It seems i've to finance myself some more, so i can buy some kind of cabin straight away, and avoid unnecessary problems with building and expenses. Good points, and they make sense but it automatically means im not going anywhere within months.

    I've also thought about coming round april/may, find a job for some months so i can look around in my free time for the best, personal best, location to buy. Whatevers gonna happen, i'll be going north eventually!

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    Quote Originally Posted by tustumena_lake View Post
    First, let me welcome you to the great state of Alaska.

    Now as far as your plan goes. I would not be in a rush to pick the property out until you've seen the state. You should come here and look the country over. I would drive the entire road system looking for the general area I would like to live. This will take time and I know you're in a hurry to get going on your project BUT you may find somewhere you would like much better than Kenny Lake area. Alaska is a huge place so plan on taking your time. The winter weather can vary dramatically, decide up front what kind of cold you want to deal with and discard those locations right away.

    Secondly, never buy any property sight unseen no matter what story you are told about what a good deal it is. Believe me there is ALWAYS another good deal right around the corner if one slips away. Be patient. If you are unfamiliar with an area do not buy property in the winter as that lovely snow covered meadow may just be a swamp in the spring and thats why the land is so cheap. Confirm how deep it is to water, the drainage of the soils of the property, legal access, restrictions on the property, etc. the neighbors in the area can be a good source for information as well as property/planning and platting division of the local government called boroughs here.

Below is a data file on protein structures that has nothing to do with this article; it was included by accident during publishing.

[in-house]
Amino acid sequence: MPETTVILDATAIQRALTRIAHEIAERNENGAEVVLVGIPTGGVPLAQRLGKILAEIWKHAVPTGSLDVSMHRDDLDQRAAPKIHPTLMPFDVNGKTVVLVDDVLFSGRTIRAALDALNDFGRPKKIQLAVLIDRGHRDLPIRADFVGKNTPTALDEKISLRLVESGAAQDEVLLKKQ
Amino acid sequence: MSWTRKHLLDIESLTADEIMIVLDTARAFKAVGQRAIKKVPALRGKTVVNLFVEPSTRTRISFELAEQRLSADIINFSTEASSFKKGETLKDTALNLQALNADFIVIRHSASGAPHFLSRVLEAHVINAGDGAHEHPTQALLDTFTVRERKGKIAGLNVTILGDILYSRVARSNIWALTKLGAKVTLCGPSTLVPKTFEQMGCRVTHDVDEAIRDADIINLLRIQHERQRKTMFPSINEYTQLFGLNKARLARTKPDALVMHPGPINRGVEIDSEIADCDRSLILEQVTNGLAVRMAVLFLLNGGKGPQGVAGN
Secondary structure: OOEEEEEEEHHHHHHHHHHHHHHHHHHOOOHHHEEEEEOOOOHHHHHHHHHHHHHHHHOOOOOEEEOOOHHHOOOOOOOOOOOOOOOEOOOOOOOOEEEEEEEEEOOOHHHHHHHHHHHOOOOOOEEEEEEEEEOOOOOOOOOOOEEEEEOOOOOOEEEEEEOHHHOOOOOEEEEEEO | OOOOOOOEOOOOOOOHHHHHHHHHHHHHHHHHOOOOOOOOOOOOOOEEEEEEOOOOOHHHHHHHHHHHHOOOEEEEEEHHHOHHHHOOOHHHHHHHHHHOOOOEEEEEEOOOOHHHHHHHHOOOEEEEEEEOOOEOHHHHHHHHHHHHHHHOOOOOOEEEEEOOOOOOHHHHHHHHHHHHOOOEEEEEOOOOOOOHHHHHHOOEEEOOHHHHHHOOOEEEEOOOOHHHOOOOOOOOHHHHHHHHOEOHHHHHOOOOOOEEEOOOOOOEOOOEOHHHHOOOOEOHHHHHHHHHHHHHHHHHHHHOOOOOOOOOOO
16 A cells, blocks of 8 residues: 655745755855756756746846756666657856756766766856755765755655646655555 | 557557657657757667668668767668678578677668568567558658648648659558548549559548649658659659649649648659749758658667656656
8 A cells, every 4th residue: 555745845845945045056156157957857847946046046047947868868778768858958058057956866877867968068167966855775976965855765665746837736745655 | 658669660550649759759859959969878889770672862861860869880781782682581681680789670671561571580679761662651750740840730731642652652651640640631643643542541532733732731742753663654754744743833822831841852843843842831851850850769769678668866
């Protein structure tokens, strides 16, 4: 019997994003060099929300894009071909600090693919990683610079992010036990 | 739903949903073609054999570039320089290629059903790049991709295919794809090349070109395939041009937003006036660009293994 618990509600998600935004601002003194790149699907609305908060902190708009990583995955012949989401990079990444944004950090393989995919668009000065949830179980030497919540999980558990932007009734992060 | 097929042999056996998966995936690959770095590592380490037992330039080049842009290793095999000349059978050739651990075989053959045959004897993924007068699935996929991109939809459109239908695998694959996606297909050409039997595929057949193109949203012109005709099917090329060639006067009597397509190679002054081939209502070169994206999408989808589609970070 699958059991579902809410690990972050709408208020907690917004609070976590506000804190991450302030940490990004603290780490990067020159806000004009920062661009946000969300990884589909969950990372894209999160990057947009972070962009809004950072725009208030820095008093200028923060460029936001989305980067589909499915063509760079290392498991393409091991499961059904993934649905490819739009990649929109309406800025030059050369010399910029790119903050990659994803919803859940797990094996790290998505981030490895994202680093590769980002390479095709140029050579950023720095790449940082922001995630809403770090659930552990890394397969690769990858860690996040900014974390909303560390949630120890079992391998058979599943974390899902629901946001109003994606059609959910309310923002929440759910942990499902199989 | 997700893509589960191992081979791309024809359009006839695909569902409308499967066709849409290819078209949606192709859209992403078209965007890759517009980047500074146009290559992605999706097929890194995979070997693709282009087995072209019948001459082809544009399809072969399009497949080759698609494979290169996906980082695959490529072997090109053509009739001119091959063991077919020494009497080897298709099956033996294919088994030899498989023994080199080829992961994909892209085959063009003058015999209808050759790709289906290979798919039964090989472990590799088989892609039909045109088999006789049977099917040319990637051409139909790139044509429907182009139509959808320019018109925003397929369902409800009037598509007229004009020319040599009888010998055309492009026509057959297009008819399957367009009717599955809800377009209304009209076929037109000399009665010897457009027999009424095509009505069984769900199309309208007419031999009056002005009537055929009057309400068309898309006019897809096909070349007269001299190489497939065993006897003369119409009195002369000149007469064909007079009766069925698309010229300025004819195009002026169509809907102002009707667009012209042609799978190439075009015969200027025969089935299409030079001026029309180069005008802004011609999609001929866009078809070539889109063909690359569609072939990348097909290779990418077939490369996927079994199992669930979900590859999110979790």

Thirdly, I would look for property that adjoins a large public land such as a wildlife refuge, park, national forest, etc. as that border will give you the feel of living on a larger piece of property and easy access to subsistence/survival hunting and fishing.

    A survival piece of property requires seclusion, fuel (firewood), water (access to spring, lake or stream), and walking access to fish and game.
    First, thanks for the all this great information! I believe i've got a lot of other things to consider before purchase a piece of land, and i will, now.. so again, thank you

    Im starting to consider buying a cabin instead of land, mainly cause the foolproof of shelter and the basic necessaries taken care of. I dont have to worry as much about wildlife, weather and other things when i've got a place for shelter, storage and some protection. But still, it would be best to first sightsee the property and region before completing the buy, your right there.

    I've got a lot of thinking and considering to do again!

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  9. #9
    Member kodiakrain's Avatar
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    I'd encourage you in the "get out there and start cheap" option vs. thinking you need to buy a cabin with your land.

    Not sure how young and tough you are, but it is very real to go out in the bush with just the basics and start there.